The Liquid Aesthetic of the Cameraphone
The cameraphone has emerged as a dominant device for the production and sharing of photographic images in the new millennium. No longer constrained by technological parameters of the past, the cameraphone continues to remediate and refashion the tropes of traditional photography, thus giving rise to new image making processes and, arguably, new ways of seeing.
From early model cameraphones manufactured in 2004 through to the enhanced capabilities of the ubiquitous Apple iPhone, the cameraphone has evolved from a crude digital imaging/communications tool into a sophisticated networked media device. It is now capable of capturing, editing, storing, and exporting high-resolution images.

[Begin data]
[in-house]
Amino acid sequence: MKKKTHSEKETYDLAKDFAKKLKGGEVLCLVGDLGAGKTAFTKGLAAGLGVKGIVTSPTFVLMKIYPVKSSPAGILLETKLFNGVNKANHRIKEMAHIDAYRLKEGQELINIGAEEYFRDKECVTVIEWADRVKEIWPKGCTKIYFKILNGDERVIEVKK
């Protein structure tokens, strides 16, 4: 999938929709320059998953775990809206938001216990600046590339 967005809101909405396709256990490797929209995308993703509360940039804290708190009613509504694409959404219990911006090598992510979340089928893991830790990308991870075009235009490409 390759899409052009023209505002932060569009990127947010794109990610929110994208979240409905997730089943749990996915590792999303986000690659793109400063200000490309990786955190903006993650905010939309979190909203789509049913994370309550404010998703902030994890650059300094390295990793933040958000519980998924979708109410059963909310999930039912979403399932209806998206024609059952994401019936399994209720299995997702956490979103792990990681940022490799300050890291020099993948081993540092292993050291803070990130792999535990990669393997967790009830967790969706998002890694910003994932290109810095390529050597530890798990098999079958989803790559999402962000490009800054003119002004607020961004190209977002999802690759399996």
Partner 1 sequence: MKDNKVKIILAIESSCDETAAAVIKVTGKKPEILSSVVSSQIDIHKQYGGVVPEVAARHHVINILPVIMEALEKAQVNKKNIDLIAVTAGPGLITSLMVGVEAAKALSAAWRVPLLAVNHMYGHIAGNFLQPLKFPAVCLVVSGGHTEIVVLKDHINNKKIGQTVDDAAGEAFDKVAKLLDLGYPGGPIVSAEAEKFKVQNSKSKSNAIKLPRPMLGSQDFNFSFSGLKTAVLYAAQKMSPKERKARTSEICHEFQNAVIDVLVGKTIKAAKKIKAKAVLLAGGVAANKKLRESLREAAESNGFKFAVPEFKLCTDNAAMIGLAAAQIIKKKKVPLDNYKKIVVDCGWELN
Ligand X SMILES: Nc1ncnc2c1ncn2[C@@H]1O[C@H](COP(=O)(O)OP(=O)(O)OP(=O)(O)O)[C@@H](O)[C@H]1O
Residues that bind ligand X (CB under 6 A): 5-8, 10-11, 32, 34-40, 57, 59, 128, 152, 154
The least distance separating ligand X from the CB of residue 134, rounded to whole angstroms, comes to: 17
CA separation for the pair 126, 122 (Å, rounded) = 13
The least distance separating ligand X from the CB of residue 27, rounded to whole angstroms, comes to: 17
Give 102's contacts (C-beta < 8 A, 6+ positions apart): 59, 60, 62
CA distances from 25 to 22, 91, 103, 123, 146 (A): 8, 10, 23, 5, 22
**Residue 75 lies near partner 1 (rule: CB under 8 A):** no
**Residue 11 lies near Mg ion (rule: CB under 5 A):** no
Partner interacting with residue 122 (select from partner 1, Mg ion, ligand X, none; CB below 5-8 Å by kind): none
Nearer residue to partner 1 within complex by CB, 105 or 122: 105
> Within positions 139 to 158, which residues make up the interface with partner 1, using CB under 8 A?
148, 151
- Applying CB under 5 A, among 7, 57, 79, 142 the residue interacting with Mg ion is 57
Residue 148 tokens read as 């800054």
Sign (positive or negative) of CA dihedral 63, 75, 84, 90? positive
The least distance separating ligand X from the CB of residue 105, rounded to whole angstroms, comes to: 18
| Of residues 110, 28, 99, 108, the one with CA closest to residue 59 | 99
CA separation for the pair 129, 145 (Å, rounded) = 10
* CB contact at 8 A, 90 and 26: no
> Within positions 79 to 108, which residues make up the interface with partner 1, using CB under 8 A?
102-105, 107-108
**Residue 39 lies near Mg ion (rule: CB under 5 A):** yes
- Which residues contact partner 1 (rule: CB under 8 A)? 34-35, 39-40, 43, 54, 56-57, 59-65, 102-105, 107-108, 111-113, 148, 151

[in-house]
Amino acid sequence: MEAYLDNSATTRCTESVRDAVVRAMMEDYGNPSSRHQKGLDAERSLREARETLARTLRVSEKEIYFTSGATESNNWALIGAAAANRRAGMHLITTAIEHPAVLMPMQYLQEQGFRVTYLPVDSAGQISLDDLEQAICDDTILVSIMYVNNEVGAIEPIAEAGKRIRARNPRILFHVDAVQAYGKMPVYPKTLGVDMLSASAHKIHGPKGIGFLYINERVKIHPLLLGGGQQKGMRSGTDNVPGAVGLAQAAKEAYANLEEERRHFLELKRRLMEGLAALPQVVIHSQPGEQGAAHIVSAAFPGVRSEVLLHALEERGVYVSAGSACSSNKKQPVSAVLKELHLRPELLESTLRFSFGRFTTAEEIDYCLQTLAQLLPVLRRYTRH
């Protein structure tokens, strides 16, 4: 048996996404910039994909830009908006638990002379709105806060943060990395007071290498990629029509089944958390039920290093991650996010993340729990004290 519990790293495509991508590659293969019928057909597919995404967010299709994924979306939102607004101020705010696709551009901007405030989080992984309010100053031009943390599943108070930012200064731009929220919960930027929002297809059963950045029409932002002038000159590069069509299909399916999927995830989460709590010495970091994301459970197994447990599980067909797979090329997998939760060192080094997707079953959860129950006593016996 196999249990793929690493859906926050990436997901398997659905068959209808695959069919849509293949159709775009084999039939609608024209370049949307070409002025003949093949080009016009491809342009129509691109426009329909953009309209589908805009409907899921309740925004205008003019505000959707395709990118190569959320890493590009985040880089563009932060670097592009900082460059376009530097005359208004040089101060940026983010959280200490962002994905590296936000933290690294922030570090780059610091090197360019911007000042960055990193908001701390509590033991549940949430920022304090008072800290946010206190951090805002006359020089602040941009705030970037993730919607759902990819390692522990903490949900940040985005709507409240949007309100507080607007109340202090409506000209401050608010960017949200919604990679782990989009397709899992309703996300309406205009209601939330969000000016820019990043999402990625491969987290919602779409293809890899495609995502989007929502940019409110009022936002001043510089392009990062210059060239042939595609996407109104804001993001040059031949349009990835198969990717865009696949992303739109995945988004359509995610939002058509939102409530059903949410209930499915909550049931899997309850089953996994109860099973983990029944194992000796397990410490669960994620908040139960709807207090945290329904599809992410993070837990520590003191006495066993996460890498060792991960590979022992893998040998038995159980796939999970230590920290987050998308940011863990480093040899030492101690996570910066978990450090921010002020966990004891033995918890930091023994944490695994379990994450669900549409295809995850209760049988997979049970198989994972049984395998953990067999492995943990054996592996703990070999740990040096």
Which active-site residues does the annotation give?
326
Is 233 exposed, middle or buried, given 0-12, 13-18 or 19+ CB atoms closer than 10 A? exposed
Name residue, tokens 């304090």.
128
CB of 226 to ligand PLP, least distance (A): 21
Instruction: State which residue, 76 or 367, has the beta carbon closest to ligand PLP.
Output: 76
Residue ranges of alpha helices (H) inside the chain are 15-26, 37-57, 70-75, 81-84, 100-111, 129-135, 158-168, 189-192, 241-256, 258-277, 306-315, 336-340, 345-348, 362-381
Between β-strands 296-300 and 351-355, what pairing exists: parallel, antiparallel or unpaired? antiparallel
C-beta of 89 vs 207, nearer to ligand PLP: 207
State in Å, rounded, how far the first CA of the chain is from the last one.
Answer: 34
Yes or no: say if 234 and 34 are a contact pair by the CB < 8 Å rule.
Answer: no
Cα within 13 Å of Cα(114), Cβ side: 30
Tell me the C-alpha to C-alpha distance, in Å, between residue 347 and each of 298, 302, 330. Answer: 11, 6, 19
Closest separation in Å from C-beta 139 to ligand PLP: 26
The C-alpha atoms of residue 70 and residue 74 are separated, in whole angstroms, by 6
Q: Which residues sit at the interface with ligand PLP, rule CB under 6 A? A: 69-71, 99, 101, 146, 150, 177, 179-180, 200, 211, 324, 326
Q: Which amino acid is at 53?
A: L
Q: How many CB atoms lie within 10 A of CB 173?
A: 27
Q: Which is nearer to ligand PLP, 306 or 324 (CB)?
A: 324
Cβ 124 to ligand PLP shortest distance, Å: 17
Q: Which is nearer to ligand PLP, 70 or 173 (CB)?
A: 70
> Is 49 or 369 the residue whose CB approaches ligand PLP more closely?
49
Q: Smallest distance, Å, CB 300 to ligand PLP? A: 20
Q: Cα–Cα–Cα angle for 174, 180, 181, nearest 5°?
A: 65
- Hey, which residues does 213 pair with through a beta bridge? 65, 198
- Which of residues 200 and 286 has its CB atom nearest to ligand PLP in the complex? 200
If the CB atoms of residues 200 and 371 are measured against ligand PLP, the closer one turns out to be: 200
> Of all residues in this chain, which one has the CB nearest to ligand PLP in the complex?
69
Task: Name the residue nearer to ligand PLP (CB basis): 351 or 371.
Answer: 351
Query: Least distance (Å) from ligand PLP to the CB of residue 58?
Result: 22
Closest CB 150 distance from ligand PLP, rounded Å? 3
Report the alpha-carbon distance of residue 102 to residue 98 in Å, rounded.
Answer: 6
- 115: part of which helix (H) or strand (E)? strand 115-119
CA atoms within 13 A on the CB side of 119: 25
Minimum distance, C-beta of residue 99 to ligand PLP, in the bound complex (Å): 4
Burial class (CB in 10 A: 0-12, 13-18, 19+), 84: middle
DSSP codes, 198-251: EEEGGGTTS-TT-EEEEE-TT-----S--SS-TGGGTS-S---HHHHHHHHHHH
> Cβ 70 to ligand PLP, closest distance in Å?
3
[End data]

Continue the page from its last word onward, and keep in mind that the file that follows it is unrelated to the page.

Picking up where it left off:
As the cameraphone continues to evolve, constant technological shifts have facilitated a liquid aesthetic whereby cameraphone images, and photographic practices are shaped and/or influenced by the constantly fluctuating nature of this transformative technology. With this in mind, my research examines the shape-shifting parameters of the cameraphone and its impact on the field of photography. I explore ways in which cameraphones may reconfigure our relationship with imaging and facilitate new modes of photographic practice.
Copyright (c) 2014 Dean Keep and Colab
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